Learn from the Past
Mortgage backed securities (MBS) lost 57 basis points (BPS) from last Friday’s close which caused fixed mortgage rates to move higher from the prior week. The market saw its lowest rates on Monday and its highest rates on Tuesday.
It was an interesting week that was driven primarily by long bond traders shifting their bias and their hedges after a multi-day barrage of key central bank figures (Bank of England, European Central Bank, Bank of Japan, Bank of Canada, etc.) talking up relaxing global stimulus measures. This concerted and well-coordinated unified message is designed to get the bond markets to start to adjust. There was also stronger than expected economic data as the 1st quarter GDP data was revised upward and there was a blockbuster Chicago PMI report. All of which combined to send mortgage rates to their highest levels since May 15th.
Domestic Reports Results
Personal Income and Outlays: The nation’s savings rate moved up to an eight-month high in May. Personal Income increased by 0.4% (vs estimates of 0.3%) while Personal Spending grew by only 0.1%. PCE (Personal Consumption Expenditures) were basically in line with estimates. The Core PCE YOY hit 1.4% vs estimates of 1.4% and the headline PCE YOY hit 1.4% vs estimates of 1.5%. Both are far away from the Fed’s 2.00% target rate but were what the market expected.
Manufacturing: June Chicago PMI 65.7 vs estimates of 58.0. Any reading above 50.0 is expansionary, and any reading above 55.0 is very strong…a reading above 60? Red HOT!!! This is first reading above 60 since 2014.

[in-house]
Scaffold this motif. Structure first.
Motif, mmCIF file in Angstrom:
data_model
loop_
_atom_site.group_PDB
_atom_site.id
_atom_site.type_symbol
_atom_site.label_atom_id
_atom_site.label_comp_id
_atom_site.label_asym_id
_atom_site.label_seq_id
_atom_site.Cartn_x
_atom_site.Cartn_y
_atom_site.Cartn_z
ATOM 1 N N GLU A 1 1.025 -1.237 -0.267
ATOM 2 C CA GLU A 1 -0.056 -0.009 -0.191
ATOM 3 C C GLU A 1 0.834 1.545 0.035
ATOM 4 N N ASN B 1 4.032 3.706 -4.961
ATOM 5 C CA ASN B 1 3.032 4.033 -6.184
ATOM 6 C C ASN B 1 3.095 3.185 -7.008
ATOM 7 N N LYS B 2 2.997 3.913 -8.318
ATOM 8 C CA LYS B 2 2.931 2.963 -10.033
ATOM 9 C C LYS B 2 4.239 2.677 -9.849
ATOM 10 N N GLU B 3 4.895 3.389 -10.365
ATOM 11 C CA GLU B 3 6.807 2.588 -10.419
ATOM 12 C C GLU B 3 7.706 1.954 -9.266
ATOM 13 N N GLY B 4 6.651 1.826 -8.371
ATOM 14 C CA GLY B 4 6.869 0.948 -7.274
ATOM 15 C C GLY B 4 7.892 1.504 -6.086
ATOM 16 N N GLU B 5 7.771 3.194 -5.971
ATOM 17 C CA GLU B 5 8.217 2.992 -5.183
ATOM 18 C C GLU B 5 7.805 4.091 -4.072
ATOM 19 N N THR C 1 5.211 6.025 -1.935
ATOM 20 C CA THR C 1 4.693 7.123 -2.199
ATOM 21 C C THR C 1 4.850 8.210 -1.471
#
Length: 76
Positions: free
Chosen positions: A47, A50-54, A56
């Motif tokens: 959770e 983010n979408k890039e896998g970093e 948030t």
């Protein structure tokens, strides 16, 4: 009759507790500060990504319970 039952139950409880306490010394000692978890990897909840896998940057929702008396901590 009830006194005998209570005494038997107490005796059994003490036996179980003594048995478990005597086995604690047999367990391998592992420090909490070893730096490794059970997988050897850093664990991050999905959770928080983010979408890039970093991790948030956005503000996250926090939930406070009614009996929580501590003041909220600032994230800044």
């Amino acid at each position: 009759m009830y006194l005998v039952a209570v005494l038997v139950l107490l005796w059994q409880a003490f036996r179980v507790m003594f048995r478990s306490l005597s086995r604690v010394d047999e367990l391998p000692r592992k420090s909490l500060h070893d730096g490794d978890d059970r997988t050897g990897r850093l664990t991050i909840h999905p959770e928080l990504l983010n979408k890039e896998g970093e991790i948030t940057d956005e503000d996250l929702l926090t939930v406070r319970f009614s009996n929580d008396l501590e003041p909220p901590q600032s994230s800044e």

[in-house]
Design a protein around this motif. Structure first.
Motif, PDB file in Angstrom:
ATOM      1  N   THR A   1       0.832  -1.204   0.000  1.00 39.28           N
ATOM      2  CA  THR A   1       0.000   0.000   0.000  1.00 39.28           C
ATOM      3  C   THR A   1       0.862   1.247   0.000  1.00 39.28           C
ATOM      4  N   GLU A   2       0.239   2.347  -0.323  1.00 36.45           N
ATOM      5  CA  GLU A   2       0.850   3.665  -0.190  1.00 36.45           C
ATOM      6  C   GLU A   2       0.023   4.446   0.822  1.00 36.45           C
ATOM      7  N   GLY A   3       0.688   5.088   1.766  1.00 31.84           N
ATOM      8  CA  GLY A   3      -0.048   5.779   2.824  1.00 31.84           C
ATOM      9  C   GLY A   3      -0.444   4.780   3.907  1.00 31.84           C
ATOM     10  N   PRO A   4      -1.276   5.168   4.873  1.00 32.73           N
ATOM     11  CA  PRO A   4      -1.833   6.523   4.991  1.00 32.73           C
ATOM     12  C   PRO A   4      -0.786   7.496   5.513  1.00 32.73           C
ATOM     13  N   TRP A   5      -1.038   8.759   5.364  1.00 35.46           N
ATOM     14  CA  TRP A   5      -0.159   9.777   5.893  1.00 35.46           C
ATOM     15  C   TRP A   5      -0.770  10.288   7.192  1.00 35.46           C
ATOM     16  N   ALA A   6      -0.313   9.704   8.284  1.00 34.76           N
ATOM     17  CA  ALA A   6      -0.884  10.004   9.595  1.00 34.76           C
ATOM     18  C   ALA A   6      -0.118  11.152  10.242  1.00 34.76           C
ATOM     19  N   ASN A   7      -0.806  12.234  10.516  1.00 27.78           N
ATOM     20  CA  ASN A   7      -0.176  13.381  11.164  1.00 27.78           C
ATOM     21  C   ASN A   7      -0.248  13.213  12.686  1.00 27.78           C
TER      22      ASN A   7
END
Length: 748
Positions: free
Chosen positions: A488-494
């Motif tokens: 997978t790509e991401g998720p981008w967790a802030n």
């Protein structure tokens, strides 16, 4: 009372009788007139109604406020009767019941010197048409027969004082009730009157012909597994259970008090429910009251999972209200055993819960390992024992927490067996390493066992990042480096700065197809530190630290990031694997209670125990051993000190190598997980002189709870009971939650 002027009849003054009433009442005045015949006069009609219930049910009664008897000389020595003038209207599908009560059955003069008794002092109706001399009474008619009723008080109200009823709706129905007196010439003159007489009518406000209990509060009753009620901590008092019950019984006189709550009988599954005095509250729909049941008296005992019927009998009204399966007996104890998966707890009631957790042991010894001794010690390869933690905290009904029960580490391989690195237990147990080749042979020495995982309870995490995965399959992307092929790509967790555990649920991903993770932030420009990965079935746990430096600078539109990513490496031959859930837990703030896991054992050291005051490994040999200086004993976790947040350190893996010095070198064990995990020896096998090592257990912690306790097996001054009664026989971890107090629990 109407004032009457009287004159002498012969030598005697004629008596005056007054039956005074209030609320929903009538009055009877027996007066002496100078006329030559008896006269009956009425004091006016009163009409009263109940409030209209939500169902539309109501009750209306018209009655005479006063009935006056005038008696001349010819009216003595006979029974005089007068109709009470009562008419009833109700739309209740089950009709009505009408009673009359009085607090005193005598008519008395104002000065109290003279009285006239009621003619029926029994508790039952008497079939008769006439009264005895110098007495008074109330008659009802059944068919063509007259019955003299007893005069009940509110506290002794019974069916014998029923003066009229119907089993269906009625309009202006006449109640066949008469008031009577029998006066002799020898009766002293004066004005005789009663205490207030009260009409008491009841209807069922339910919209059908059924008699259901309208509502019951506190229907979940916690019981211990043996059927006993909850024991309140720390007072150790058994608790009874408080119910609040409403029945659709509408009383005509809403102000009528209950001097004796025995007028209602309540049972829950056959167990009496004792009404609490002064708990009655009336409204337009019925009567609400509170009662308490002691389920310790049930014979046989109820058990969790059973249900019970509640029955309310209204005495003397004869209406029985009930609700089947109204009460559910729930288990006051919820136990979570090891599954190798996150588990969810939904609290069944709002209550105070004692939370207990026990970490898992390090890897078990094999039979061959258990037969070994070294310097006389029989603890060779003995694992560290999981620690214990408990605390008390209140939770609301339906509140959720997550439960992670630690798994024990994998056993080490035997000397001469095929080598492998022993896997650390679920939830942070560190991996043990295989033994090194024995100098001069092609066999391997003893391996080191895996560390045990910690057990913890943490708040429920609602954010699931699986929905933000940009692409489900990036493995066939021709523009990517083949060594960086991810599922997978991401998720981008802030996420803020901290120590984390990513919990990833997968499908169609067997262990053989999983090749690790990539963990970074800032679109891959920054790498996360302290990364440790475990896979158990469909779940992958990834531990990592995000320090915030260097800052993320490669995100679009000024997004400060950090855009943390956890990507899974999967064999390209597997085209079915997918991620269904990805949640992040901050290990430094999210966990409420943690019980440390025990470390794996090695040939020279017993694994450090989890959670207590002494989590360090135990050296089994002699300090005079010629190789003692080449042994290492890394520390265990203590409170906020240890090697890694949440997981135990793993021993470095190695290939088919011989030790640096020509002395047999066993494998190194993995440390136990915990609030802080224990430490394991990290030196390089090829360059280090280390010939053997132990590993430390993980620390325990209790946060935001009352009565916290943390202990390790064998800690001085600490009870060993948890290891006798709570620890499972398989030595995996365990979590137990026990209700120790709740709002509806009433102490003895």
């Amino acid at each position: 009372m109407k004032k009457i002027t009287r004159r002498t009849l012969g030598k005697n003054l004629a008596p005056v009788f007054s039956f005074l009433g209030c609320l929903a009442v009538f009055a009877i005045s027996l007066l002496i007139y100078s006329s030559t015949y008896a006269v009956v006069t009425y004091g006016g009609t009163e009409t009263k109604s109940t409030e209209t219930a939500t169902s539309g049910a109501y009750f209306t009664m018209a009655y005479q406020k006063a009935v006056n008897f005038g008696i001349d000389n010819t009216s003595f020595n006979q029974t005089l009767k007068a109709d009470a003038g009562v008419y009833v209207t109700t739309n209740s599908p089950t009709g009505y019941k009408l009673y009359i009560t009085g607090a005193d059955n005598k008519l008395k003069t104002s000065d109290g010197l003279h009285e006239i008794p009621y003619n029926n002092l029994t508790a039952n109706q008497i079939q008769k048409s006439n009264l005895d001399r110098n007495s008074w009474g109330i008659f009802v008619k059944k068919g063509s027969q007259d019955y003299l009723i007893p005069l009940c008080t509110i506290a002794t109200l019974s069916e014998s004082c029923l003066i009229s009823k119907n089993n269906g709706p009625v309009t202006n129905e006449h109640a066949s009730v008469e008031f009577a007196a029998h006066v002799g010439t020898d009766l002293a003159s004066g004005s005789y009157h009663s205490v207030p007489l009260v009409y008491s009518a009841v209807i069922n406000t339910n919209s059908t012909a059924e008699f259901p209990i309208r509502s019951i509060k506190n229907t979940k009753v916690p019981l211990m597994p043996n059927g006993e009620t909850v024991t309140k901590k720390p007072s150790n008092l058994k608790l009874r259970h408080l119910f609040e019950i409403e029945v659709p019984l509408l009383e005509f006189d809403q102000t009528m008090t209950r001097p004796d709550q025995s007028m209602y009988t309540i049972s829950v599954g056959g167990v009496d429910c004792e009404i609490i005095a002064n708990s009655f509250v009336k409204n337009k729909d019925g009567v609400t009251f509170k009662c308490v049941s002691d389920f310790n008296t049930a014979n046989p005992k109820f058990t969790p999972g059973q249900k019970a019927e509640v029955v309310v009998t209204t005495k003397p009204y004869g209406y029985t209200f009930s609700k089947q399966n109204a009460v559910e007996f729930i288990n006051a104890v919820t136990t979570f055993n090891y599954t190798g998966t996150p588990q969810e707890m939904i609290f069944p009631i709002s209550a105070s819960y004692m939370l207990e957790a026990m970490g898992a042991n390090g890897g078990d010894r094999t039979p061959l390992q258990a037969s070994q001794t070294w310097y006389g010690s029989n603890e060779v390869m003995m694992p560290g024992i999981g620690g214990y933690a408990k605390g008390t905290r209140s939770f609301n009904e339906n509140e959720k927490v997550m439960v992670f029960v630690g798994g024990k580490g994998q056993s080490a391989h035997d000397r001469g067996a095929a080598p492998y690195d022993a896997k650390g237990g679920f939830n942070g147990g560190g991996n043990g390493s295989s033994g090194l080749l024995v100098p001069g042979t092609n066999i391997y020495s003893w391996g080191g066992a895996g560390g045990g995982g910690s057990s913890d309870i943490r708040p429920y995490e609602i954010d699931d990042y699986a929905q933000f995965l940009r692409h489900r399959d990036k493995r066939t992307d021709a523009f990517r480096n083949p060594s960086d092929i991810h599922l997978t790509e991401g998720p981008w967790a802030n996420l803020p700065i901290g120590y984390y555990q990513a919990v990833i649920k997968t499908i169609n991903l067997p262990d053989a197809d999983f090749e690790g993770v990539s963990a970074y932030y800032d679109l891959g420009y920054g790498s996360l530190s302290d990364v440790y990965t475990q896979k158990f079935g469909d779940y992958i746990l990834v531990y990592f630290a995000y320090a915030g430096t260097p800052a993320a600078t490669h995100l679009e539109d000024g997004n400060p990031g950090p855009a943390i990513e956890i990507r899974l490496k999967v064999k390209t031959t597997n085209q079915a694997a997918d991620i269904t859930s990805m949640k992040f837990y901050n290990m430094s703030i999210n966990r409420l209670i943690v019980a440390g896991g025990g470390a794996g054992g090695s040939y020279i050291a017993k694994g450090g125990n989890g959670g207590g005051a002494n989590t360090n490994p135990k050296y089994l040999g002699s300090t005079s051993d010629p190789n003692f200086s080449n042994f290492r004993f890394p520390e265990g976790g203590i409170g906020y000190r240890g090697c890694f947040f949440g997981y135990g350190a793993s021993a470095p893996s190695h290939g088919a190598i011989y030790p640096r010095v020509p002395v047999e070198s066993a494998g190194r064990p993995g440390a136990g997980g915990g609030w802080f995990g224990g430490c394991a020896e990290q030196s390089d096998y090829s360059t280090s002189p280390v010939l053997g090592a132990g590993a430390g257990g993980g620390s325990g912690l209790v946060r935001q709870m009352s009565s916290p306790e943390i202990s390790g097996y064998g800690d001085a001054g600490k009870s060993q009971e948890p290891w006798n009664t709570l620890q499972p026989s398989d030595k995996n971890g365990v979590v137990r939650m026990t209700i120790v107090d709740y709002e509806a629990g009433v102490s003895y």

Gross Domestic Product: Our nation’s report card saw an upward revision to our grades. It went from a C to a C+. There have already been several releases and revisions to this data set. Today’s revision moves our 1st quarter GDP from 1.2% to 1.4% which was much better than expected. Consumer spending saw a nice upgrade from 0.6% to 1.1%.
Consumer Confidence: The June reading is at a very high level and stronger than market expectations (118.9 vs estimates of 116.7) and nice improvement over May’s 117.6 level. Consumers’ assessment of the labor market improved. Those stating jobs are “plentiful” rose from 30.0% to 32.8%, while those claiming jobs are “hard to get” decreased slightly from 18.3% to 18.0%.
What’s on the Agenda for this Week?
The bond market closed at 2PM Eastern today and will not reopen until Wednesday. Even though it is a holiday-shortened week with limited volumes until Wednesday, it is a very pivotal week. The 100-day moving average is just below current trading levels which should act as a nice backstop.
The three items have the greatest ability to impact back-end pricing this week are: (1) Domestic Flavor, (2) Geopolitical and (3) The Talking Fed.
(1) Domestic Flavor: Jobs, Jobs, Jobs. This week is Big Jobs Friday with Non-Farm Payrolls and the Unemployment Rate. But more importantly, there will be the Average Hourly Wages data which has the greatest impact on MBS pricing. But through the week there will also be ADP Private Payrolls, Challenger Job Cuts and Weekly Jobless Claims to round out a ton of jobs related data this week. Besides the Jobs data, the two biggest releases this week are ISM Manufacturing and ISM Services.
(2) Geopolitical: There is an important meeting of the G20 starting on Friday but there are plenty of “pre-G20” meetings going on. The markets will pay close attention to issues regarding North Korea, Russia and the Middle East. Brexit negotiations also will continue to get a lot of attention as well as speeches by key central bank figures across the pond.
(3) The Talking Fed: The minutes will be issued from their last FOMC meeting where they raised rates and gave guidance on at least one more rate hike this year as well as decreasing the pace of Treasuries and MBS purchases. There will be some more detailed background information from that meeting and it can have a big impact on pricing this week. We also hear from James Bullard, John Williams and Jerome Powell this week.